Teeing it up: It all works out

tee-upMy son told a funny story at brunch at a lovely restaurant in the West Village the other day–it was so funny that we found ourselves being “shushed” from neighboring tables because we were laughing so hard.

The story is this:  Once upon a time Jim was really in a tough spot financially.  He wasn’t going to be able to make his rent.  He had no food.  He had no income on the horizon.  All he had were the hopes of winning a golf tournament that he was presently engaged in.   This was the kind of golf tournament that most people do for fun, but he was playing for a mission:  to win the prize money and pay his rent.  Others were joking around, drinking from the bar cart–Jim was laser-focused on one thing–winning that money.

After the banquet, they were giving out the prizes, and the first prize went to the person with the second lowest score.  He was the kind that participates in golf tournaments as a diversion–not because he, like Jim at that moment, had a driving need to pay bills.  No, au contraire, he was a golf philanthropist, and as such, when he was awarded the prize money, he walked up to the microphone and said, “I don’t want to forget who we are doing this for,” and he motioned towards the young disabled children lining the stage.  “Therefore, I want to give this back,” and he handed the envelope with the prize money to the M.C. amid applause and cheers of the audience.

“The next prize goes to the guy with the lowest score,” said the M.C., and he proceeded to announce my son’s name.  With that announcement, my son, Jim, saw a million worries flitting away… saw his short-term financial crisis being put to rest.  He imagined a worry-free night of sleep.  But when he got to the podium, and accepted the cash-filled envelope, a person’s voice from the crowd rang out:   “Give it back!!”  “Yeah!” said another.  “Give it back!”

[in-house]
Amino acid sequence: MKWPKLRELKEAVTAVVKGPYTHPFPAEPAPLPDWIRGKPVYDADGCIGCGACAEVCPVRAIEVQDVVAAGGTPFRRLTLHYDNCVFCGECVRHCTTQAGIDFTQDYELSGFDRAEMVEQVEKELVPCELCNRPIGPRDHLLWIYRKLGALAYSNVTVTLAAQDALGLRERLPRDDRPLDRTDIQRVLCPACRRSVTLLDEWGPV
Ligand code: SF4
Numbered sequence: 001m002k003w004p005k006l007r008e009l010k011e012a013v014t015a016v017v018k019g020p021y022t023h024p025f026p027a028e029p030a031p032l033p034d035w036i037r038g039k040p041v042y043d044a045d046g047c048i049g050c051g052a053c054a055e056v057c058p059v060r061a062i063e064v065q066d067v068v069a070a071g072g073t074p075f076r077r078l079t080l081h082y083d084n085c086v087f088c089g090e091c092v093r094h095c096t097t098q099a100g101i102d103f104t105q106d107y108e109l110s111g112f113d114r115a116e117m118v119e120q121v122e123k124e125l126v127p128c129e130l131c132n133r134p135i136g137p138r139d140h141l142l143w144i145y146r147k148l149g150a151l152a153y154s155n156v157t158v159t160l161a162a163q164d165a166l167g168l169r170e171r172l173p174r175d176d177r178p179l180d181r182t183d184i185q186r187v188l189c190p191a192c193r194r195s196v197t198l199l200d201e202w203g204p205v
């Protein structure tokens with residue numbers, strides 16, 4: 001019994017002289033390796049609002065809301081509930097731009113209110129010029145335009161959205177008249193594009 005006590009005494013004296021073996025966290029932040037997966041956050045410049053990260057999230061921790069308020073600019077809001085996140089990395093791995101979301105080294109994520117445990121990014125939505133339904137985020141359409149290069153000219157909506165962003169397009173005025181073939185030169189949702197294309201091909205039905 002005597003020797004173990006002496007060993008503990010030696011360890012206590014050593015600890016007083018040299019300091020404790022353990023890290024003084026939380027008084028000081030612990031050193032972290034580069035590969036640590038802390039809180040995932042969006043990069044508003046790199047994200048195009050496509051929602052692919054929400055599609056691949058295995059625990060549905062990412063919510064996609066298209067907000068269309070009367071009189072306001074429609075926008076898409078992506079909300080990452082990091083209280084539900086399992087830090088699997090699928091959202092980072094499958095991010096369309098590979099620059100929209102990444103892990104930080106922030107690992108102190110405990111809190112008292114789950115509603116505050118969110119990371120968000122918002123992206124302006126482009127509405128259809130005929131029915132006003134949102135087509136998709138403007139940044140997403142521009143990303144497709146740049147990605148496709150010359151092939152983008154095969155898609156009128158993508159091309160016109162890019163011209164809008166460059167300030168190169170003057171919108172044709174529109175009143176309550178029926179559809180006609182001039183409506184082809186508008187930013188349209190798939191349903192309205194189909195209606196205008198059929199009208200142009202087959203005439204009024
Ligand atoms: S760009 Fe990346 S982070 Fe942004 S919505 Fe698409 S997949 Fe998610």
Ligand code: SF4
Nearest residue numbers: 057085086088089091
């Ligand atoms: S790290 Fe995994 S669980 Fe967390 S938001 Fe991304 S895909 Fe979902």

There was my son, torn between his rent and a chorus line of needy kids, and the pressure of the previous winner’s generosity.  So he approached the mic, and, not for entirely altruistic reasons, buckled under the pressure and said, “I’d like to give this back to the kids.”

Whistles and cheers followed… But I’m not sure that at that moment they made up for the prospect of the looming late rent check in my son’s mind.   But it was done.

So, in telling this story, after we had been shushed and wiped the tears of laughter from our cheeks, my son said, “You know, it worked out.  It seems like when you think about the times when you didn’t think things are going to work out, no matter what it they may be, they really do in the end.”

I don’t know how Jim paid his rent that month.  But he’s still among us, laughing and sharing our company.

He’s up-to-date with this rent today.

A worthy organization is slightly better off.

It all works out.